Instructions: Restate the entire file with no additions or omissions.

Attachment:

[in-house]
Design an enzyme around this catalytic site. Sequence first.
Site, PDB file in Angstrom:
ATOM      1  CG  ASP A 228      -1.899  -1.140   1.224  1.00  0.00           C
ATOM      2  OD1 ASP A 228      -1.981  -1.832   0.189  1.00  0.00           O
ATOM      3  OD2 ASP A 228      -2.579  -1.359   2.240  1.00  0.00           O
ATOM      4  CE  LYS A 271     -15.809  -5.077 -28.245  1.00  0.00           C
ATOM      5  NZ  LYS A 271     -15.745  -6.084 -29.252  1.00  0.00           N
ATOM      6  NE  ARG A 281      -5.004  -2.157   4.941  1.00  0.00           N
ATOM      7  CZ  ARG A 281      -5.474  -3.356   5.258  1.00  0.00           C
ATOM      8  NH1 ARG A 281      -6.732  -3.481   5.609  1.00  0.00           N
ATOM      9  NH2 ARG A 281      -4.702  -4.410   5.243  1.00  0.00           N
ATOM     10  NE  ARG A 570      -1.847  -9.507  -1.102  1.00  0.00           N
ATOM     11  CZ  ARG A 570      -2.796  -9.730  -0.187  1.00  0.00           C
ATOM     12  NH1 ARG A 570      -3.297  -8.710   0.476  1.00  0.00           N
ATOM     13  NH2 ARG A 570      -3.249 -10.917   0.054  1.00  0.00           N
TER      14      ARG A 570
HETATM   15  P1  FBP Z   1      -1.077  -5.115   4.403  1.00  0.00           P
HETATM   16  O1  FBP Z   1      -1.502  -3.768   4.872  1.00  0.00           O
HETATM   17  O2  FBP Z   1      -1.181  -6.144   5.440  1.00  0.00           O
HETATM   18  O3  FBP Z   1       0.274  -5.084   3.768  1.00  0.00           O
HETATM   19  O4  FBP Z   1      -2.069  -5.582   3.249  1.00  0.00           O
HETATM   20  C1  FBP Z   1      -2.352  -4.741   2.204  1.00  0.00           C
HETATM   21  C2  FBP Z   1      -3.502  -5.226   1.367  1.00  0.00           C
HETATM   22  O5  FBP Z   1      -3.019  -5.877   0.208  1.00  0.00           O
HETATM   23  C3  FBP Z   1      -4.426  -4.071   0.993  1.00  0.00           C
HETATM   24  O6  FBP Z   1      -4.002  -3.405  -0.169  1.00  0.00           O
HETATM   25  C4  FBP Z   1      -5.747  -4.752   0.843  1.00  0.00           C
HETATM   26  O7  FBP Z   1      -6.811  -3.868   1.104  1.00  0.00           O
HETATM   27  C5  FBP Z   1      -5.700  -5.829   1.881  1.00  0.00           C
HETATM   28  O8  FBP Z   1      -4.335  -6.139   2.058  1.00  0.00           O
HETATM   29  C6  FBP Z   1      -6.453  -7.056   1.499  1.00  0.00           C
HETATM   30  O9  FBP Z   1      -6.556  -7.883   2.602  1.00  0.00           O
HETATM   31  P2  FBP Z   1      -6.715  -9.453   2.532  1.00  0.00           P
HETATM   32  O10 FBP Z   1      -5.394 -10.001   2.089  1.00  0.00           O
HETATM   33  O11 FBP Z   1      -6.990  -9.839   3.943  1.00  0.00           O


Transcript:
[in-house]
Design an enzyme around this catalytic site. Sequence first.
Site, PDB file in Angstrom:
ATOM      1  CG  ASP A 228      -1.899  -1.140   1.224  1.00  0.00           C
ATOM      2  OD1 ASP A 228      -1.981  -1.832   0.189  1.00  0.00           O
ATOM      3  OD2 ASP A 228      -2.579  -1.359   2.240  1.00  0.00           O
ATOM      4  CE  LYS A 271     -15.809  -5.077 -28.245  1.00  0.00           C
ATOM      5  NZ  LYS A 271     -15.745  -6.084 -29.252  1.00  0.00           N
ATOM      6  NE  ARG A 281      -5.004  -2.157   4.941  1.00  0.00           N
ATOM      7  CZ  ARG A 281      -5.474  -3.356   5.258  1.00  0.00           C
ATOM      8  NH1 ARG A 281      -6.732  -3.481   5.609  1.00  0.00           N
ATOM      9  NH2 ARG A 281      -4.702  -4.410   5.243  1.00  0.00           N
ATOM     10  NE  ARG A 570      -1.847  -9.507  -1.102  1.00  0.00           N
ATOM     11  CZ  ARG A 570      -2.796  -9.730  -0.187  1.00  0.00           C
ATOM     12  NH1 ARG A 570      -3.297  -8.710   0.476  1.00  0.00           N
ATOM     13  NH2 ARG A 570      -3.249 -10.917   0.054  1.00  0.00           N
TER      14      ARG A 570
HETATM   15  P1  FBP Z   1      -1.077  -5.115   4.403  1.00  0.00           P
HETATM   16  O1  FBP Z   1      -1.502  -3.768   4.872  1.00  0.00           O
HETATM   17  O2  FBP Z   1      -1.181  -6.144   5.440  1.00  0.00           O
HETATM   18  O3  FBP Z   1       0.274  -5.084   3.768  1.00  0.00           O
HETATM   19  O4  FBP Z   1      -2.069  -5.582   3.249  1.00  0.00           O
HETATM   20  C1  FBP Z   1      -2.352  -4.741   2.204  1.00  0.00           C
HETATM   21  C2  FBP Z   1      -3.502  -5.226   1.367  1.00  0.00           C
HETATM   22  O5  FBP Z   1      -3.019  -5.877   0.208  1.00  0.00           O
HETATM   23  C3  FBP Z   1      -4.426  -4.071   0.993  1.00  0.00           C
HETATM   24  O6  FBP Z   1      -4.002  -3.405  -0.169  1.00  0.00           O
HETATM   25  C4  FBP Z   1      -5.747  -4.752   0.843  1.00  0.00           C
HETATM   26  O7  FBP Z   1      -6.811  -3.868   1.104  1.00  0.00           O
HETATM   27  C5  FBP Z   1      -5.700  -5.829   1.881  1.00  0.00           C
HETATM   28  O8  FBP Z   1      -4.335  -6.139   2.058  1.00  0.00           O
HETATM   29  C6  FBP Z   1      -6.453  -7.056   1.499  1.00  0.00           C
HETATM   30  O9  FBP Z   1      -6.556  -7.883   2.602  1.00  0.00           O
HETATM   31  P2  FBP Z   1      -6.715  -9.453   2.532  1.00  0.00           P
HETATM   32  O10 FBP Z   1      -5.394 -10.001   2.089  1.00  0.00           O
HETATM   33  O11 FBP Z   1      -6.990  -9.839   3.943  1.00  0.00           O